In the wake of the Paris attacks, the United States saw a polarized discussion over refugee resettlement: one side was adamantly against it while the other side was thoroughly for it. Governors of 31 states have verbally refused to accept refugees (30 Republican, 1 Democrat). President Obama has criticized such lawmakers for being afraid of “widows and orphans” and denounced such “un-American” proposals.
As a second-generation American who holds Republican and conservative ideas, the most hostile remarks of the far-right vex me. However that is far from my biggest concern; I am most concerned about the GOP approach to defeating ISIL, which goes hand in hand with citizen safety and refugee resettlement.
There are many things the GOP needs to put into perspective when discussing American safety. First, the U.S. has an advantageous geographic position: the Atlantic Ocean is a natural barrier, a first “vetting” of sorts, to the en masse arrival of refugees. We do not have the immediate, overnight crises Europe has — that is, refugees literally stepping into Europe everyday and many more gathering at ports of entry. With this, the U.S. is currently only dealing with refugee resettlement, not both resettlement and asylum (asylees apply for protection while physically in the country of application; refugees do not). This makes our situation different from that of Europe and the “first-asylum” countries of Jordan, Lebanon, and Turkey, who are taking the brunt of the crisis because of their close proximity.
Besides geography, there are also the logistics of time and cost. Waiting for application approval is lengthy and costly: these refugees cannot legally work and the typical waiting period is at least a year, during which the United Nations first conducts its checks before referring refugees to the United States for more checks. If ISIL wanted to attack us on American soil, they would do so through a faster method, which is the visa waiver program. For example, if an ISIL fighter held an E.U. passport, they could automatically fly into any American airport and start operating. There is no waiting, no checking, no tracing. As many members of the intelligence community agree, lawmakers must re-assess and evaluate appropriate ways to tighten such waiver programs that can be easily exploited. Also, to prevent ISIL fighters from obtaining U.S. legal-permanent residence status as a refugee, we must employ not only stringent vetting procedures, but also timely resettlement checkups, constant intelligence updates in cooperation with the EU and Gulf nations and most importantly, prompt government responses.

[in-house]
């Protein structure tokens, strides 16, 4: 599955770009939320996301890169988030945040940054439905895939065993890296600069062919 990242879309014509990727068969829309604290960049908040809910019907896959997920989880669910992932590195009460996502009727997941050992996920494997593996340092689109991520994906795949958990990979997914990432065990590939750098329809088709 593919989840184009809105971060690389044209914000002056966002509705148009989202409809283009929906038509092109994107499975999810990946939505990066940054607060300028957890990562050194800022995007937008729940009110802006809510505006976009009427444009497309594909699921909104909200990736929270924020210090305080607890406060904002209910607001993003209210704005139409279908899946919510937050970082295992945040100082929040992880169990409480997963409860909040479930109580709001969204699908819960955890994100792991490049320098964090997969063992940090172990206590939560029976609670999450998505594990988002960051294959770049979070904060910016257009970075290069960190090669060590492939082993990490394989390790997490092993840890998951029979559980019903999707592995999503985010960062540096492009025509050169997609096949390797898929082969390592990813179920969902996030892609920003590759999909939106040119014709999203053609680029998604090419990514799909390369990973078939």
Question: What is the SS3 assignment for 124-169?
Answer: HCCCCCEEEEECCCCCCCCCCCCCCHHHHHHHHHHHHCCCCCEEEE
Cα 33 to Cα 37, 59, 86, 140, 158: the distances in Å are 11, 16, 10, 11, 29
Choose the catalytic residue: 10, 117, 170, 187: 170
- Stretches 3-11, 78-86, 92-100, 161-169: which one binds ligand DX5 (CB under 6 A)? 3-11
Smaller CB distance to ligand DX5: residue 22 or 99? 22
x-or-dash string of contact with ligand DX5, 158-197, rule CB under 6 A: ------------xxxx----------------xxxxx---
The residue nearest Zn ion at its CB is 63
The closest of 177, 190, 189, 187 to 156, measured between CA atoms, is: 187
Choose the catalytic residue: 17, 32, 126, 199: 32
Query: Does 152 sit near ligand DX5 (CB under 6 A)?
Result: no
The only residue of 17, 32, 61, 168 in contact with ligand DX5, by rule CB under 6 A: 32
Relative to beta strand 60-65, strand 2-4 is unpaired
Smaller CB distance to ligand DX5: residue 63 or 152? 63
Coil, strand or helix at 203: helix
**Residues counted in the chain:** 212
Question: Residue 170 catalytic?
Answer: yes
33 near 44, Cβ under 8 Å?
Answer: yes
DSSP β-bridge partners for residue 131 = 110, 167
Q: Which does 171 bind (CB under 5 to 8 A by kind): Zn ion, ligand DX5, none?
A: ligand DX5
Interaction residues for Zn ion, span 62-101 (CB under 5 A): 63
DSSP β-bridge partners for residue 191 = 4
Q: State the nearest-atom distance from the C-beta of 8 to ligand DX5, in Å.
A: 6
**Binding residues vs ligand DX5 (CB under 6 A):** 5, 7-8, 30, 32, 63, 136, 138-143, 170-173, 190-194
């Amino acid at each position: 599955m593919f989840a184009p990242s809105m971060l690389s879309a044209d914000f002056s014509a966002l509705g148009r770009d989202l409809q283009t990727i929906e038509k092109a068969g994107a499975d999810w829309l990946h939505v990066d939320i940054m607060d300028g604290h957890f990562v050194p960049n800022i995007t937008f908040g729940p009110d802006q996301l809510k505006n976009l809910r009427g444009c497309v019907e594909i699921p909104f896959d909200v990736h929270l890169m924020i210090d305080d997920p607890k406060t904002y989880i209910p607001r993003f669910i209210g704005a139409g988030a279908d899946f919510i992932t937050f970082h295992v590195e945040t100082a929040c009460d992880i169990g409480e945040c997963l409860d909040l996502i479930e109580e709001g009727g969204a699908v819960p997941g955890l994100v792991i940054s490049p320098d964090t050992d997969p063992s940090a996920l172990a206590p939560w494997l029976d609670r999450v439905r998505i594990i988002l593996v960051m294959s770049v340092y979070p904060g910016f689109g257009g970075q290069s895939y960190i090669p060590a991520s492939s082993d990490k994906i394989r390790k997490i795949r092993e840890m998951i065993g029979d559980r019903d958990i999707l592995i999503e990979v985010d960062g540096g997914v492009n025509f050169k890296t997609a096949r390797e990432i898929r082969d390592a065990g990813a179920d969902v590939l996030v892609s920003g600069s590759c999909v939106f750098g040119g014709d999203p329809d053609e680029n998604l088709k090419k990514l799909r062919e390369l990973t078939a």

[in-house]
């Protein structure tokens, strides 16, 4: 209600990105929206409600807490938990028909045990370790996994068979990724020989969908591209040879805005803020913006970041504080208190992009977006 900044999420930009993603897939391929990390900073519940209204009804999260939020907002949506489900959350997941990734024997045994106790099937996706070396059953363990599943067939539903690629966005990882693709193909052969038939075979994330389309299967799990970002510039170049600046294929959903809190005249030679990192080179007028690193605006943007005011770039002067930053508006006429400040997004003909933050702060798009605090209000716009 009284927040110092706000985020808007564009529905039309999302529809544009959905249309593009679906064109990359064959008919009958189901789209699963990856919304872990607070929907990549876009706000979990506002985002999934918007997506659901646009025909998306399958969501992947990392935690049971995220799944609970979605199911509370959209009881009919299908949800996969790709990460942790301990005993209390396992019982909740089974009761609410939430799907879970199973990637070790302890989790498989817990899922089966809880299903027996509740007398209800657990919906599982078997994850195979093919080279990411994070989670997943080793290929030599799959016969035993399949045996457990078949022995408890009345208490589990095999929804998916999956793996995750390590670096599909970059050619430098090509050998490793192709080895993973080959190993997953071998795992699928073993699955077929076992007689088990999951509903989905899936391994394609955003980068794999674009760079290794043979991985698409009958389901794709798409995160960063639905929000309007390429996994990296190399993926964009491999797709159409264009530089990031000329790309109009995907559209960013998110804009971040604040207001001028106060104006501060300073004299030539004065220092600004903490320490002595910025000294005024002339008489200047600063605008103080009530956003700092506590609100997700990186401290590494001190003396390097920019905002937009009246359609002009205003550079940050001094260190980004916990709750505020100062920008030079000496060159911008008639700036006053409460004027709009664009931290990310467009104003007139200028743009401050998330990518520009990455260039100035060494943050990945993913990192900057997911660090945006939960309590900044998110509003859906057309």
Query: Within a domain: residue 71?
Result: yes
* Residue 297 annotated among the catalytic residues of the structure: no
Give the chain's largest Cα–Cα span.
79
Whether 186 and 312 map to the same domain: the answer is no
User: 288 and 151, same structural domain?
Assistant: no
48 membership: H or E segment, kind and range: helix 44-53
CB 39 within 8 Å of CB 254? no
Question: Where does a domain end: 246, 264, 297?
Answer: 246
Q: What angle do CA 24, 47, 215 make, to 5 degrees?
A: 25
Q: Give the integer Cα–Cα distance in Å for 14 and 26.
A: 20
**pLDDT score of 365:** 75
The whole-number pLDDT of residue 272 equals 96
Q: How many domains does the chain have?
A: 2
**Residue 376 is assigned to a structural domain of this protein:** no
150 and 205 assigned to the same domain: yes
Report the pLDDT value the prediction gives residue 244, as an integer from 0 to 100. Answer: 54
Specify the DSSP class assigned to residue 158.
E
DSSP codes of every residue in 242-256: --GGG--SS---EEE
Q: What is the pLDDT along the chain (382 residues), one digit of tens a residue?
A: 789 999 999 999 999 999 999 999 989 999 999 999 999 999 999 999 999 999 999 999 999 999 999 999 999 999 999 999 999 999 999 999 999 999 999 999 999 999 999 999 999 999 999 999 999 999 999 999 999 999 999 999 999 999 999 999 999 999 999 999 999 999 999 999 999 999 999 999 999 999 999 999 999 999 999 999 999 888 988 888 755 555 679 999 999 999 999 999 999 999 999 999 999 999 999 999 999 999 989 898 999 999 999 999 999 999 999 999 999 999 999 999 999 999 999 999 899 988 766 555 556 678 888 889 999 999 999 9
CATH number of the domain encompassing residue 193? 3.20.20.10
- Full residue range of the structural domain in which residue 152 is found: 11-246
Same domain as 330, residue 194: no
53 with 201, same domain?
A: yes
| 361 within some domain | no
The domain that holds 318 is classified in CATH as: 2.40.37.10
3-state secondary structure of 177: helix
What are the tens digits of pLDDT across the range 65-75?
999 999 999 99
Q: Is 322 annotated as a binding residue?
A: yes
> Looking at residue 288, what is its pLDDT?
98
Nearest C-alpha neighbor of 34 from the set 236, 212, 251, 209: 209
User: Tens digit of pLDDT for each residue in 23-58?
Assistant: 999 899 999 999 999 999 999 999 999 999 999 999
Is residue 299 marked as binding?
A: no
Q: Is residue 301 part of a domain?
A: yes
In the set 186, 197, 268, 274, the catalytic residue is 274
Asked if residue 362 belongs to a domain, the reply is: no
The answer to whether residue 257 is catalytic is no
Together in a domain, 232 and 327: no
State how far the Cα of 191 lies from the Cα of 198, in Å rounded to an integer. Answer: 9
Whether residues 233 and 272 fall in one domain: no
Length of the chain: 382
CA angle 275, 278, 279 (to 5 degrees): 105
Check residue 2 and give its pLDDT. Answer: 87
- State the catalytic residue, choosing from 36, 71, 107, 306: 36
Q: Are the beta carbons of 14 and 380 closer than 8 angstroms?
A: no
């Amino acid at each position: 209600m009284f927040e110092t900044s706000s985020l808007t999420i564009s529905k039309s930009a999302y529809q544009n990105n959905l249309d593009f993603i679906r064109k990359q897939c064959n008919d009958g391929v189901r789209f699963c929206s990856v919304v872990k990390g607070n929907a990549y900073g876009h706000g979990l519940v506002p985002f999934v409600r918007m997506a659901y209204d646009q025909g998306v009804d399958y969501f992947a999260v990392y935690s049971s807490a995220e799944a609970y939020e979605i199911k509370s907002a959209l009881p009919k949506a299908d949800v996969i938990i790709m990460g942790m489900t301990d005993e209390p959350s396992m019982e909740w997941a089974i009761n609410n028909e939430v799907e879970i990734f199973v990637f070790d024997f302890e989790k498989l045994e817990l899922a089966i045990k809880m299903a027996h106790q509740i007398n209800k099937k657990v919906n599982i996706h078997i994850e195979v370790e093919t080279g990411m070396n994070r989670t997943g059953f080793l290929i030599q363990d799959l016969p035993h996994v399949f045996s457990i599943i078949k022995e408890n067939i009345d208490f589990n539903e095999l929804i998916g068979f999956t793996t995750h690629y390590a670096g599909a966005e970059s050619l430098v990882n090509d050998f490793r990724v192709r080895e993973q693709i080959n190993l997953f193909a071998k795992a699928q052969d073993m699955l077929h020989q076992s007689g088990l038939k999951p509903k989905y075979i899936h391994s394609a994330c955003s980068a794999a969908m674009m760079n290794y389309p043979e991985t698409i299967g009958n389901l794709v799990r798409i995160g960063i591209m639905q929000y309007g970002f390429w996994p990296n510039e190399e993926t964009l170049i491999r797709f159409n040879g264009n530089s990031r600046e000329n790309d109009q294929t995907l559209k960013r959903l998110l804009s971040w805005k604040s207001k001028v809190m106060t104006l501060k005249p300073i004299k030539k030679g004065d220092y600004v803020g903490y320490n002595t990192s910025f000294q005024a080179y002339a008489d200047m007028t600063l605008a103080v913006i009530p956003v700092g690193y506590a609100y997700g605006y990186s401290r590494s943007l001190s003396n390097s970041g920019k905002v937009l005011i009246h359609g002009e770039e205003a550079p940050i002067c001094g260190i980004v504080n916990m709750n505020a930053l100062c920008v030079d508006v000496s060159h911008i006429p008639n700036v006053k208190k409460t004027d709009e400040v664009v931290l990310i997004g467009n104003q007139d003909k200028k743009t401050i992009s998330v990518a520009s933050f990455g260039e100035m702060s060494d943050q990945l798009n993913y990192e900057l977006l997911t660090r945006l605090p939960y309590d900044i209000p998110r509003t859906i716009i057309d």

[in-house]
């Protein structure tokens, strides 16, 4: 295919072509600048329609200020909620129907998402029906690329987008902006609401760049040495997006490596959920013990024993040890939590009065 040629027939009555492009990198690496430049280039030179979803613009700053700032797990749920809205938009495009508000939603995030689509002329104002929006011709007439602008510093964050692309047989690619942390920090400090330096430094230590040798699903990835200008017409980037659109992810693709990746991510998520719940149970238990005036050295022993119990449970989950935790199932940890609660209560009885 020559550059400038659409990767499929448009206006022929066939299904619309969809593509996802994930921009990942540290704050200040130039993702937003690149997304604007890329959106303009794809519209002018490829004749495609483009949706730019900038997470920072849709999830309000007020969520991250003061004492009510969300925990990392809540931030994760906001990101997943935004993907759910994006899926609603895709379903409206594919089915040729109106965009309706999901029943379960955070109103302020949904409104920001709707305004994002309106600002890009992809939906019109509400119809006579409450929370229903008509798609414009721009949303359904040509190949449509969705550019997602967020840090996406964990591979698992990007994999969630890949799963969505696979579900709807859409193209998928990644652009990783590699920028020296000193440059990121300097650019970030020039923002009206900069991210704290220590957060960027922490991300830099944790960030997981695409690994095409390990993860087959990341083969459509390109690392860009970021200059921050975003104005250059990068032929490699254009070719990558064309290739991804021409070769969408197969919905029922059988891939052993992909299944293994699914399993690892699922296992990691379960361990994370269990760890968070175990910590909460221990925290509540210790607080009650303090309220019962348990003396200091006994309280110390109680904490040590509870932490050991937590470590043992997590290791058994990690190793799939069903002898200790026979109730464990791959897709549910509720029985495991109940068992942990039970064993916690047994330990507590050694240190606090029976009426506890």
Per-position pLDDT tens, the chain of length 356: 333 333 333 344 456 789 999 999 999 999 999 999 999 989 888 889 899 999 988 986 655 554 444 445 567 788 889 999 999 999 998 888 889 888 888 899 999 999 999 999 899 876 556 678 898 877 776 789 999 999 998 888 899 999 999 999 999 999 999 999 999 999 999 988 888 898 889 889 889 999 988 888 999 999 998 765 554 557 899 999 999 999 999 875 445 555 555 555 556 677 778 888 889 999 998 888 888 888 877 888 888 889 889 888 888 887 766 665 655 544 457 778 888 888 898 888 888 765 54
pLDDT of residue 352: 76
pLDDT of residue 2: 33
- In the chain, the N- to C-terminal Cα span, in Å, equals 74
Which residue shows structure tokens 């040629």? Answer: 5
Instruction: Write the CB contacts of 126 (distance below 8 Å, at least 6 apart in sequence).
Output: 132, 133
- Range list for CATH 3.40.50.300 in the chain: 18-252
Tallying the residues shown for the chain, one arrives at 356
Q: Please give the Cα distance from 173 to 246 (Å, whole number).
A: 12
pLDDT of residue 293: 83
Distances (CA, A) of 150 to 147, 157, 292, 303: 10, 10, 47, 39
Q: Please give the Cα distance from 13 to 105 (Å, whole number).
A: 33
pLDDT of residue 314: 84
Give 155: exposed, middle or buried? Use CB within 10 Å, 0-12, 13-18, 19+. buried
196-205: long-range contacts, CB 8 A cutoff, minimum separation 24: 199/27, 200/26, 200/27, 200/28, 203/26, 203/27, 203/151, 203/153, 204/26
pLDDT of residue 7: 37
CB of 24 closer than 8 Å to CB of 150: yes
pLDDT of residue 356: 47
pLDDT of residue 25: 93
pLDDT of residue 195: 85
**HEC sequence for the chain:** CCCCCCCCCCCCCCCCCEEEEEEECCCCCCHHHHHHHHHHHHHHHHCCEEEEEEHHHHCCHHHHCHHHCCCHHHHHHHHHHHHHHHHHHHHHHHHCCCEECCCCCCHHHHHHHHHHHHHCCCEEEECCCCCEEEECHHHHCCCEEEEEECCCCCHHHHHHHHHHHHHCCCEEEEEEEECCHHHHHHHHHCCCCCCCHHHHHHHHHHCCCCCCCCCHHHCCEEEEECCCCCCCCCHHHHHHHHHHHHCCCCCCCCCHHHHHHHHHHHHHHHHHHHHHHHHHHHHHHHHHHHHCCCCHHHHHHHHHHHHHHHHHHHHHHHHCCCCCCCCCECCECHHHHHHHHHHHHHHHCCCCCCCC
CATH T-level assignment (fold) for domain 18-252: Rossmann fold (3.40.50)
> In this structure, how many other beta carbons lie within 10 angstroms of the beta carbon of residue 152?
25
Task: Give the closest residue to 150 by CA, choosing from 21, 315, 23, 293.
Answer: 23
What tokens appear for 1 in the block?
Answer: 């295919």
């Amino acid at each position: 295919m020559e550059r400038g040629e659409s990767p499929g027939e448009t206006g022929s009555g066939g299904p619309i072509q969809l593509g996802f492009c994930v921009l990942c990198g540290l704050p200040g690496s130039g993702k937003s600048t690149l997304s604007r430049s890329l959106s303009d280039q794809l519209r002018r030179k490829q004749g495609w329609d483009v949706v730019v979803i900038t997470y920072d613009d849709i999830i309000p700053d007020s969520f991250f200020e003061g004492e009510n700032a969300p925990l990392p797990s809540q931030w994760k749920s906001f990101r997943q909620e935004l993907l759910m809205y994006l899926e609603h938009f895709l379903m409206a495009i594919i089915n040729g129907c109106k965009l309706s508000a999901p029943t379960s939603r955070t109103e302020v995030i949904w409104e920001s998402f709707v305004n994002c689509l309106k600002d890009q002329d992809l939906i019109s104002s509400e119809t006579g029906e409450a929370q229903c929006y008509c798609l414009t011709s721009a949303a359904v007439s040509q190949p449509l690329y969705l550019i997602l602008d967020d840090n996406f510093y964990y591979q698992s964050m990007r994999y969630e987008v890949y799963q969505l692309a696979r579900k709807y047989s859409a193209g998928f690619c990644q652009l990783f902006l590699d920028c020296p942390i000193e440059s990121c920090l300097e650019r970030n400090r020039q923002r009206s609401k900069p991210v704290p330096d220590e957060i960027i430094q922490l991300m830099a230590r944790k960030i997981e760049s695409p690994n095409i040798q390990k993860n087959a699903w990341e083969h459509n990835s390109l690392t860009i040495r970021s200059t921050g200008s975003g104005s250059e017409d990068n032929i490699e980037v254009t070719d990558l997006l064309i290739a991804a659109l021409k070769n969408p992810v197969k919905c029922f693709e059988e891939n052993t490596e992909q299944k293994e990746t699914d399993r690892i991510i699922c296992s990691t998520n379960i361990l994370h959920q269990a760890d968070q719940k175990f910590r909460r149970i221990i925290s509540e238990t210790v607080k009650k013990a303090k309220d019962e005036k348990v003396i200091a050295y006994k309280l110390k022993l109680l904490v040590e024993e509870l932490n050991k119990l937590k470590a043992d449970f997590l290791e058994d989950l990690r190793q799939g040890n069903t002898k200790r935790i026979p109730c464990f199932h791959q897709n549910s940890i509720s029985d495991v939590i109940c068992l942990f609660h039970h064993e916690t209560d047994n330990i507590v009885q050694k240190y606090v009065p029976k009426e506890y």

However, all this does not mean that we should de facto adopt Europe’s open-door policy. Even with our strong history of admitting refugees and the many national benefits reaped, we should not react and thus operate heavily on historical context alone in such a situation. We must take our nation’s current set of economic and social circumstances into account, as the United States that accepted Vietnamese refugees in the late seventies and the United States that accepted Bosnian refugees in the mid-nineties are both very different from the United States accepting Syrian and Iraqi refugees today. It would be irresponsible of the U.S. to welcome a number of refugees we cannot adequately resettle and support into American cities, even if this number is less than what we have previously taken in other refugee crises. It would also be a mistake for us to not push for resettlement — with U.S. financial and logistical support — in other secure Gulf nations closer for the refugees to reach. This option involves less dangerous passage and costly waiting periods for refugees than relocation to Europe or even the United States.
Lastly, while it is currently necessary for refugees to flee ISIL-threatened areas, when ISIL is eventually defeated, the opportunity for refugees to return to their motherland must be feasible. We would not be truly conquering ISIL if we only safely relocate as many threatened refugees as we can; we truly conquer ISIL when individuals no longer have to flee and those who have been forced to can successfully resettle in their homeland. This will have to occur through international diplomatic, military, financial and humanitarian efforts in both the conflict and post-conflict stages.
Undoubtedly, U.S. lawmakers have the foremost obligation to protect the interests and security of their constituents. How they approach this will inevitably spawn fierce debates. In the case of the GOP, a more restrictionist approach is favored, which has both its pros and cons. However, the GOP must note that refugee flow is not going to stop overnight — or anytime soon. The U.S. needs to prepare quickly for — in both its cooperative and leadership positions — what is now an impending halt to Europe’s open-door refugee policies. If there is no adequate international response in place when this happens, then what we will see is accelerated refugee flow and more chaos. And for an opponent as mobile, inventive, and communications-savvy as ISIL, these two factors will further drive their ideological infiltration, actual territorial control, and future attack plans. So be it through refugee resettlement, air strikes, missions by special operations forces, or other means, this much is clear: the correct and humane handling of the refugee crises is a duty we must not neglect, but must take with all due seriousness and caution.